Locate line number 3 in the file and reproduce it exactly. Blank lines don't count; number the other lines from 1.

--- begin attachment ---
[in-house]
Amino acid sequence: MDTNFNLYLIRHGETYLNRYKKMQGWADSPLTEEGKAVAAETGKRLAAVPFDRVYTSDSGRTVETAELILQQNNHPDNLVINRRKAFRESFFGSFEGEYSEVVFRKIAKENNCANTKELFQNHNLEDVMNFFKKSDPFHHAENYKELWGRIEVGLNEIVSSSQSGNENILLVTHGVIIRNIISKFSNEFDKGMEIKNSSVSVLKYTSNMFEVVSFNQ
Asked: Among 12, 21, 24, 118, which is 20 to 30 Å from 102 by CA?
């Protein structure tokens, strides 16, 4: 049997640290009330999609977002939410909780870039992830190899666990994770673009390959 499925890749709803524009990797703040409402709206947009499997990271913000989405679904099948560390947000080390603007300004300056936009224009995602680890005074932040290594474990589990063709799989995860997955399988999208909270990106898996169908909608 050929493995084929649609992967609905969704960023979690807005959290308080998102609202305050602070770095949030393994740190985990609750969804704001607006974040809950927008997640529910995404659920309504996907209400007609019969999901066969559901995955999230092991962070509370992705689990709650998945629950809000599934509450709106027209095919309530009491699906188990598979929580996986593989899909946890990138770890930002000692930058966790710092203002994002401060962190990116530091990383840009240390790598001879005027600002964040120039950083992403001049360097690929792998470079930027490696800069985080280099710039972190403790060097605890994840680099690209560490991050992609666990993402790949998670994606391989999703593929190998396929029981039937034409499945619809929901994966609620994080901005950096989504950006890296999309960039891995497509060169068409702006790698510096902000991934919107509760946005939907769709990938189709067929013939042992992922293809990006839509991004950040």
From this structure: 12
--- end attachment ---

Asked: Among 12, 21, 24, 118, which is 20 to 30 Å from 102 by CA?